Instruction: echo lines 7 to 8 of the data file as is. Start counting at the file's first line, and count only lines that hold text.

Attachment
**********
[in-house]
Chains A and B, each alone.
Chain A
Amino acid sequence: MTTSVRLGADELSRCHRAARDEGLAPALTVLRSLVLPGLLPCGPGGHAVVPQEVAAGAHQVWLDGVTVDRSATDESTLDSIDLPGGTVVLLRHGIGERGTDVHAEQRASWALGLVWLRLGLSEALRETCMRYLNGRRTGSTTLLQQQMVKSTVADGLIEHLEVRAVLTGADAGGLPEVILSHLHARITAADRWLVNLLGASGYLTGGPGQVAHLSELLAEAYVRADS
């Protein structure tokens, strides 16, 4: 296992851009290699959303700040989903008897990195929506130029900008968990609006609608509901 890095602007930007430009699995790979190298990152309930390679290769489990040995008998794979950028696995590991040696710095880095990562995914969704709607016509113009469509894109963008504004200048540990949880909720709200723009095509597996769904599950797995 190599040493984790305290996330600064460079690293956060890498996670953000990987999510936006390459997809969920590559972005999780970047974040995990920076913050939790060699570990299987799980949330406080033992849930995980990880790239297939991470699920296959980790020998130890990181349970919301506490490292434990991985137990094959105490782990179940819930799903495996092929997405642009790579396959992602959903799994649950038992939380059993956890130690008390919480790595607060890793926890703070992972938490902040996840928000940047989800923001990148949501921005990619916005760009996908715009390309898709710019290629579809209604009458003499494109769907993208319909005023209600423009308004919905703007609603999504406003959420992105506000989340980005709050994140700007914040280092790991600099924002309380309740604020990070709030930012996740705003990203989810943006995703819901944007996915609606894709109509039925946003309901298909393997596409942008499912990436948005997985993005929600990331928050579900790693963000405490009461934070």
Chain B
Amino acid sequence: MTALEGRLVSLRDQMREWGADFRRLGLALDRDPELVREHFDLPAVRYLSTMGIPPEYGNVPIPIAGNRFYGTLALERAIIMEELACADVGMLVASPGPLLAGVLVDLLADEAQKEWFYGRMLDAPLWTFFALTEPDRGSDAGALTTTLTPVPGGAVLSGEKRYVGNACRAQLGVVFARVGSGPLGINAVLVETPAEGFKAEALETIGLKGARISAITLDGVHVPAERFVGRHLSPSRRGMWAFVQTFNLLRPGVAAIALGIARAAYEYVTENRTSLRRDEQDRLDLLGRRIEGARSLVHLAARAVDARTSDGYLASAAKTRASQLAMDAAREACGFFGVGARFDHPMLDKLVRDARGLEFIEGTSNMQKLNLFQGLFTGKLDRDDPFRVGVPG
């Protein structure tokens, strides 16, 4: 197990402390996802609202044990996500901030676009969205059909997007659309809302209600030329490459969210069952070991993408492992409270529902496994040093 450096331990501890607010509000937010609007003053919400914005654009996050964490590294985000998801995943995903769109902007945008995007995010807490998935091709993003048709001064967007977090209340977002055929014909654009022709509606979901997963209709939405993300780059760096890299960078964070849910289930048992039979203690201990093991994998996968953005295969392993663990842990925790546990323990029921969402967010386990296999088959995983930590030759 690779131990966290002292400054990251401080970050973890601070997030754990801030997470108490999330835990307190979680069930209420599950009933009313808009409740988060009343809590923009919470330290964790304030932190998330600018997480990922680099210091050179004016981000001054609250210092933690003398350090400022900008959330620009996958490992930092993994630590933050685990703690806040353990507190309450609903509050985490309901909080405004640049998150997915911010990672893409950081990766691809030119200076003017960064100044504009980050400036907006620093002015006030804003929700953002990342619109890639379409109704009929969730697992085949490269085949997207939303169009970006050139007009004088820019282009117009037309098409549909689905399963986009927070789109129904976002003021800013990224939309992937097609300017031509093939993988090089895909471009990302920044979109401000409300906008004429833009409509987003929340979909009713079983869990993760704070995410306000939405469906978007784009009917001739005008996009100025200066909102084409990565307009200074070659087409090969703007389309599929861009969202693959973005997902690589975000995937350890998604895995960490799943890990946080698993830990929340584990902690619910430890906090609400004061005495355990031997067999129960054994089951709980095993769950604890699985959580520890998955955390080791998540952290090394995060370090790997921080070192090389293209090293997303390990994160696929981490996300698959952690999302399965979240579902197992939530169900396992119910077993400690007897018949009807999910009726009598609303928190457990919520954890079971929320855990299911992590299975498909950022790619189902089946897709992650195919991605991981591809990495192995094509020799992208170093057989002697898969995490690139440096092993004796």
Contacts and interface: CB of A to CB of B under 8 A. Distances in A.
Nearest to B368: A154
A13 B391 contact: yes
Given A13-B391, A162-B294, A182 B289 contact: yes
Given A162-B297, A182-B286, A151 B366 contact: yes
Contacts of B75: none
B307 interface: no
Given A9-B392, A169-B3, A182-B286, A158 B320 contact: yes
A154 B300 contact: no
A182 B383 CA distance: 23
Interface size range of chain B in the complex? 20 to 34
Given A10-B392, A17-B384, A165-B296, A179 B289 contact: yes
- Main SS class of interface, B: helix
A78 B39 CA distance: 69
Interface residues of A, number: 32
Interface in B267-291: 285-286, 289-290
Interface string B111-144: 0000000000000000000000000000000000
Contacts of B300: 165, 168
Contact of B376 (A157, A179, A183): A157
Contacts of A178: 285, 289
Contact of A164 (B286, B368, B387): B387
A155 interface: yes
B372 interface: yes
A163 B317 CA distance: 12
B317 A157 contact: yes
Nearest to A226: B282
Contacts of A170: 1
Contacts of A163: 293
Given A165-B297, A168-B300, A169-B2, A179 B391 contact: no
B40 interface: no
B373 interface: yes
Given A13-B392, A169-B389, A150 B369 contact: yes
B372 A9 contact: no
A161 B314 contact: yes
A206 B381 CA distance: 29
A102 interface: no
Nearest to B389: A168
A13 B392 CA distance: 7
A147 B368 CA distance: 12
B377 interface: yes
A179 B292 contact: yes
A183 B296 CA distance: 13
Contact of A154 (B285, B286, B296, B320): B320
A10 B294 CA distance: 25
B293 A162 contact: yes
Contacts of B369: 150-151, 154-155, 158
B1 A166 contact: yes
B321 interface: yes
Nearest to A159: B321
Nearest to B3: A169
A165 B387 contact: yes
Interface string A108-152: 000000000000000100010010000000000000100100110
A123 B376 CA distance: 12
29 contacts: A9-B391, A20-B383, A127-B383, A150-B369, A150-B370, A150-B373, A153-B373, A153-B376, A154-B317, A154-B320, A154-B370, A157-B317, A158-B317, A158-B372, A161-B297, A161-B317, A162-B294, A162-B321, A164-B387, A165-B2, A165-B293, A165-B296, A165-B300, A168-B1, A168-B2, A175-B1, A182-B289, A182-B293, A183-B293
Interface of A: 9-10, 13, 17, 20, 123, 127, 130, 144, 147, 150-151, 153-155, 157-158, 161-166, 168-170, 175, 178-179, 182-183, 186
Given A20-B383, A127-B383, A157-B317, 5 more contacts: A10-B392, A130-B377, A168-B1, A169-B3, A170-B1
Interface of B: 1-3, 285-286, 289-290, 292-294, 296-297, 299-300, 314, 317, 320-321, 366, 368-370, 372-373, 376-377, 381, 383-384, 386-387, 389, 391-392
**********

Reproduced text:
Amino acid sequence: MTALEGRLVSLRDQMREWGADFRRLGLALDRDPELVREHFDLPAVRYLSTMGIPPEYGNVPIPIAGNRFYGTLALERAIIMEELACADVGMLVASPGPLLAGVLVDLLADEAQKEWFYGRMLDAPLWTFFALTEPDRGSDAGALTTTLTPVPGGAVLSGEKRYVGNACRAQLGVVFARVGSGPLGINAVLVETPAEGFKAEALETIGLKGARISAITLDGVHVPAERFVGRHLSPSRRGMWAFVQTFNLLRPGVAAIALGIARAAYEYVTENRTSLRRDEQDRLDLLGRRIEGARSLVHLAARAVDARTSDGYLASAAKTRASQLAMDAAREACGFFGVGARFDHPMLDKLVRDARGLEFIEGTSNMQKLNLFQGLFTGKLDRDDPFRVGVPG
């Protein structure tokens, strides 16, 4: 197990402390996802609202044990996500901030676009969205059909997007659309809302209600030329490459969210069952070991993408492992409270529902496994040093 450096331990501890607010509000937010609007003053919400914005654009996050964490590294985000998801995943995903769109902007945008995007995010807490998935091709993003048709001064967007977090209340977002055929014909654009022709509606979901997963209709939405993300780059760096890299960078964070849910289930048992039979203690201990093991994998996968953005295969392993663990842990925790546990323990029921969402967010386990296999088959995983930590030759 690779131990966290002292400054990251401080970050973890601070997030754990801030997470108490999330835990307190979680069930209420599950009933009313808009409740988060009343809590923009919470330290964790304030932190998330600018997480990922680099210091050179004016981000001054609250210092933690003398350090400022900008959330620009996958490992930092993994630590933050685990703690806040353990507190309450609903509050985490309901909080405004640049998150997915911010990672893409950081990766691809030119200076003017960064100044504009980050400036907006620093002015006030804003929700953002990342619109890639379409109704009929969730697992085949490269085949997207939303169009970006050139007009004088820019282009117009037309098409549909689905399963986009927070789109129904976002003021800013990224939309992937097609300017031509093939993988090089895909471009990302920044979109401000409300906008004429833009409509987003929340979909009713079983869990993760704070995410306000939405469906978007784009009917001739005008996009100025200066909102084409990565307009200074070659087409090969703007389309599929861009969202693959973005997902690589975000995937350890998604895995960490799943890990946080698993830990929340584990902690619910430890906090609400004061005495355990031997067999129960054994089951709980095993769950604890699985959580520890998955955390080791998540952290090394995060370090790997921080070192090389293209090293997303390990994160696929981490996300698959952690999302399965979240579902197992939530169900396992119910077993400690007897018949009807999910009726009598609303928190457990919520954890079971929320855990299911992590299975498909950022790619189902089946897709992650195919991605991981591809990495192995094509020799992208170093057989002697898969995490690139440096092993004796």